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All about That Bass(line)

Ballroom, Music, and Me

By Chelsea Visser

Everybody has a different reason for joining ballroom: the friends, the aesthetic of bow ties and beautiful dresses, the chance for interaction with people from a different college/major/gender. For me, it was the music.

I’ve always been a music junkie, from the day I got my dad’s old Walkman and a Backstreet Boys CD. From high school marching band to car sing-alongs with friends, from Broadway to Backstreet Boys to Bastille, music has always been something close to my heart. So it’s fitting that it was the music that caught my attention.

It was welcome week my freshman year, and the entire hockey stadium was filled with school groups and organizations trying to get the attention of thousands of bewildered teenagers. I was walking through the crowd with a free sample of bubble tea when I heard a familiar guitar riff around the corner. I had gotten an album by The Black Keys over the summer, and I would recognize “Gold on the Ceiling” anywhere. I rounded the corner, and up there on the stage were the representatives from the Ballroom Dance Club.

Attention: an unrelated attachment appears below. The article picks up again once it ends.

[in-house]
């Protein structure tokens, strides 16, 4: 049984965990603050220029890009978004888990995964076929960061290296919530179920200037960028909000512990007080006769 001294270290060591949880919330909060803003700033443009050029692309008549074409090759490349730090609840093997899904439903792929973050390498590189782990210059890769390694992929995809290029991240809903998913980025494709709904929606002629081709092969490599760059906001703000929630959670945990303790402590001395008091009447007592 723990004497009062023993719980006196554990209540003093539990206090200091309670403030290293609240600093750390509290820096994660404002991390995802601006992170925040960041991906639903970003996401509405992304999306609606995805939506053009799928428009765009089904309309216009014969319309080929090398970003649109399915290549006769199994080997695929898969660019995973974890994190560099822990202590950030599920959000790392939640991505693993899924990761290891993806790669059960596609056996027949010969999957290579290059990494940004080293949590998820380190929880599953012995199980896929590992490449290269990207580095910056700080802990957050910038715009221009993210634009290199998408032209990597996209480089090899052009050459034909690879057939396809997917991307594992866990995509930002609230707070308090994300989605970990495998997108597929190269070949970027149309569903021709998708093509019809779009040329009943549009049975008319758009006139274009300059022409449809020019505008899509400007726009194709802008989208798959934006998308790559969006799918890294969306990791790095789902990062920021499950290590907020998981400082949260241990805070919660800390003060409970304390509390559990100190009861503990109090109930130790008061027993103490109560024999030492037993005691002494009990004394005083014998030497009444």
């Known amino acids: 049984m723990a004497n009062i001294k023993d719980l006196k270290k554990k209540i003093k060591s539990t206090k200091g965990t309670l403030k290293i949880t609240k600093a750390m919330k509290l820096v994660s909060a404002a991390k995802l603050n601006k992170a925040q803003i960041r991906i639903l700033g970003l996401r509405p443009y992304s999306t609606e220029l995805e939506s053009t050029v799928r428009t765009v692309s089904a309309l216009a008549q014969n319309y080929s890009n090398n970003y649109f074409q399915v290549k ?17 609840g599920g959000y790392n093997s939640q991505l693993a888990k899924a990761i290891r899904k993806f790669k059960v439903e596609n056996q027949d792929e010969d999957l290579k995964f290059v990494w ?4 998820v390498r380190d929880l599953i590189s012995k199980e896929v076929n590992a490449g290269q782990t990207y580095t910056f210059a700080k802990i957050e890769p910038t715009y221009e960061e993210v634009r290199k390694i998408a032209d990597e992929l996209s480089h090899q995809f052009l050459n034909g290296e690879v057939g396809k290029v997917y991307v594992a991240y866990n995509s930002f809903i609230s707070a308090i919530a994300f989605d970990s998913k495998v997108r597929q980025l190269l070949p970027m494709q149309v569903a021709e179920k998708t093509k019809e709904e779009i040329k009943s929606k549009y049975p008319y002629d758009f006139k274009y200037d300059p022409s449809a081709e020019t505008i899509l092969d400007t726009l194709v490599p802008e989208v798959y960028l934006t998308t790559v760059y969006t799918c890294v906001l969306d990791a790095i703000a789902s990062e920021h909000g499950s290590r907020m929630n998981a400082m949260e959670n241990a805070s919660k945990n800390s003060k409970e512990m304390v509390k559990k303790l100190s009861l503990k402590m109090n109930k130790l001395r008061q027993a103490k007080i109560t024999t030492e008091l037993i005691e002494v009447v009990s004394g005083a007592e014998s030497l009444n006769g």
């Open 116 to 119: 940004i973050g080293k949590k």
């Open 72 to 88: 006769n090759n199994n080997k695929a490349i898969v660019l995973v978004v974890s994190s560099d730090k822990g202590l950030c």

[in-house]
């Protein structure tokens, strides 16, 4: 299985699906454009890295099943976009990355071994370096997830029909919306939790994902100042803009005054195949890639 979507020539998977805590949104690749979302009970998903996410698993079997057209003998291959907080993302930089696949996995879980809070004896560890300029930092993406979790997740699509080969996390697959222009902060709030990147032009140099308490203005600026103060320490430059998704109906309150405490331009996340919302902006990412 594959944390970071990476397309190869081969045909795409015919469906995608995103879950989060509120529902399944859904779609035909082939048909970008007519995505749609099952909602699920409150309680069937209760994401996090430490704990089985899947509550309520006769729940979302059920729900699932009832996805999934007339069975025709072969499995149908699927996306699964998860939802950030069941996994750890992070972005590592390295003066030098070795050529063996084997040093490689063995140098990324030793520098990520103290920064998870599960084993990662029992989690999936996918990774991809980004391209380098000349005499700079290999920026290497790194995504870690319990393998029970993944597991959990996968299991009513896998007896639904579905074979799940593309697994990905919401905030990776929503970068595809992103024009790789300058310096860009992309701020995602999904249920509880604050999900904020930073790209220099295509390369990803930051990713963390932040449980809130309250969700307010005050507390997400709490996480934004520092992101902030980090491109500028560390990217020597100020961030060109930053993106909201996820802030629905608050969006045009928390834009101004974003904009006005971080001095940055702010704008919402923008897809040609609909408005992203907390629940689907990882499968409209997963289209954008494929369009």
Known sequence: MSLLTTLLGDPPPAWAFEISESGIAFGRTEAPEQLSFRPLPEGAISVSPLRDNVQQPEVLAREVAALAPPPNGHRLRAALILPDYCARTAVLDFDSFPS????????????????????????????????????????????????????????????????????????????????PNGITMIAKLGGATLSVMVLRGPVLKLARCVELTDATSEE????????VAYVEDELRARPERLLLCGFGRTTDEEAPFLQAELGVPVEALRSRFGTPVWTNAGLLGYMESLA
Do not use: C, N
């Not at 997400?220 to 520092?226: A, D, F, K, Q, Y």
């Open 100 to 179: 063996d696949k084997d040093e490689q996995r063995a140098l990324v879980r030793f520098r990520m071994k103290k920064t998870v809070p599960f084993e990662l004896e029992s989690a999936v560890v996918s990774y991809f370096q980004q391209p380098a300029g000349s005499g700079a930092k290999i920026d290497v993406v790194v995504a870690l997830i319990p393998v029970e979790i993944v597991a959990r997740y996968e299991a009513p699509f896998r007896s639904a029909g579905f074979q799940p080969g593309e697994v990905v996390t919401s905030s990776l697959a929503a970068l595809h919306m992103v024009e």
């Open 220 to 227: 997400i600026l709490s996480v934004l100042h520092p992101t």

Honestly, I sort of fell in love.

Fast-forward a few weeks to the first week of lessons. I had had my two free classes and was sitting around during the social dance watching some of the more experienced students taking their turns on the floor. I was new, and shy, and who was I kidding? I couldn’t dance! I had tripped on my own feet walking up the stairs to the gym!

Someone announced that the last song of the night was a tango, and I instantly recognized the chords that blared through the speakers. It was the titular song from Phantom of the Opera, a show I’ve adored since I was a kid; my mom would play the soundtrack driving around town. I watched the couples take the floor, and the only thought in my head was, I need to learn how to do this. I brought the money for the semester’s lessons the next week, and I never looked back.

So now it’s almost two years later. I’ve danced to “Gold on the Ceiling” more times than I could possibly count, in ballrooms and bedrooms and backyards. I know more Rat Pack songs than your average baby boomer. I’ve got music from ballroom littered through my iTunes library and half-built playlists for assorted styles (I’ve got my swing playlist on in the background as I write this article). I’ve danced in living rooms, in parking lots, and in at least one Jimmy John’s when a hustle came on the radio. I have a habit of telling anyone who will listen that you can dance to whatever song is currently playing.

My favorite is when someone who knows I dance texts me with a song and a question: can you dance to this? I don’t always know the answer, and sometimes the answer ends up being a resounding no, but that’s never stopped me from having fun moving where the music takes me.